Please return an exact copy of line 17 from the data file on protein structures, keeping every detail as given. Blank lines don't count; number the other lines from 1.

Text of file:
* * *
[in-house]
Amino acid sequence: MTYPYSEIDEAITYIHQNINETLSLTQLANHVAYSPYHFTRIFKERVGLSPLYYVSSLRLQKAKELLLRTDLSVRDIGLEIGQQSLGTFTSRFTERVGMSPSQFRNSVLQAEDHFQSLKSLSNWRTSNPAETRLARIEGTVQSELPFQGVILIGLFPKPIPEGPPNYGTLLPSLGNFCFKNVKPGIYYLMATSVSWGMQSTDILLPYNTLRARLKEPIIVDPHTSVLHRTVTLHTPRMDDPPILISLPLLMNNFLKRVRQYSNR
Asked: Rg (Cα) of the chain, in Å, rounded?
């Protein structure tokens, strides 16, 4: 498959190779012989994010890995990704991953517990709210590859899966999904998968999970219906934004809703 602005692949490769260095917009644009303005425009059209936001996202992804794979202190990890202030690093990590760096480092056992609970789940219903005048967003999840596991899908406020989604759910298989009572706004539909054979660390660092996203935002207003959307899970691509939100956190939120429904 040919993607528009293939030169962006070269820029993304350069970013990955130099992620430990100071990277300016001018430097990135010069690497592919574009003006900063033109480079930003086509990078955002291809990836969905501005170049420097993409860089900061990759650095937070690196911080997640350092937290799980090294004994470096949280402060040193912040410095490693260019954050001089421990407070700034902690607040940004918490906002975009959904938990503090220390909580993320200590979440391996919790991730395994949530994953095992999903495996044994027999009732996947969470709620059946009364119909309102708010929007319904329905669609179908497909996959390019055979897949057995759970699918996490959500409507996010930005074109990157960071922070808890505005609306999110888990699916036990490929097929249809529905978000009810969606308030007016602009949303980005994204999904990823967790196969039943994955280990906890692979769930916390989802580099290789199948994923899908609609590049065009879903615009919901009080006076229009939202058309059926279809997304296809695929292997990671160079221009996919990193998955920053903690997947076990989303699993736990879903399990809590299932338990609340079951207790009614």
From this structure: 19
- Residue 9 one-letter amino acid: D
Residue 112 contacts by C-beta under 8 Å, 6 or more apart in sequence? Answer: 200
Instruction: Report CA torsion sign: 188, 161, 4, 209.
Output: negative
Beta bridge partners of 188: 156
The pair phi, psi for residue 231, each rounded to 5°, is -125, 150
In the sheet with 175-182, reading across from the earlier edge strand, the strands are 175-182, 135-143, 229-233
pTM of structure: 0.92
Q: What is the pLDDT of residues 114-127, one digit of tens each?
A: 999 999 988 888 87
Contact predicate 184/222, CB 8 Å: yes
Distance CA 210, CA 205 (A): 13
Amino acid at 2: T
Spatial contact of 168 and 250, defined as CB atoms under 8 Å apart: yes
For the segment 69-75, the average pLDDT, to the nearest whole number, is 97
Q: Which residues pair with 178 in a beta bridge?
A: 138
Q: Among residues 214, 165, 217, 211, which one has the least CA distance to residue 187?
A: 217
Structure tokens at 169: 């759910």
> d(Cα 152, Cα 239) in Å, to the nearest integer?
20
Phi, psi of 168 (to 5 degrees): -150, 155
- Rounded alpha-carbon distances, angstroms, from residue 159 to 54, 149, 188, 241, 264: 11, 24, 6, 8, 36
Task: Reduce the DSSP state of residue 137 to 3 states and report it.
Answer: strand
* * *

Distance CA 210, CA 205 (A): 13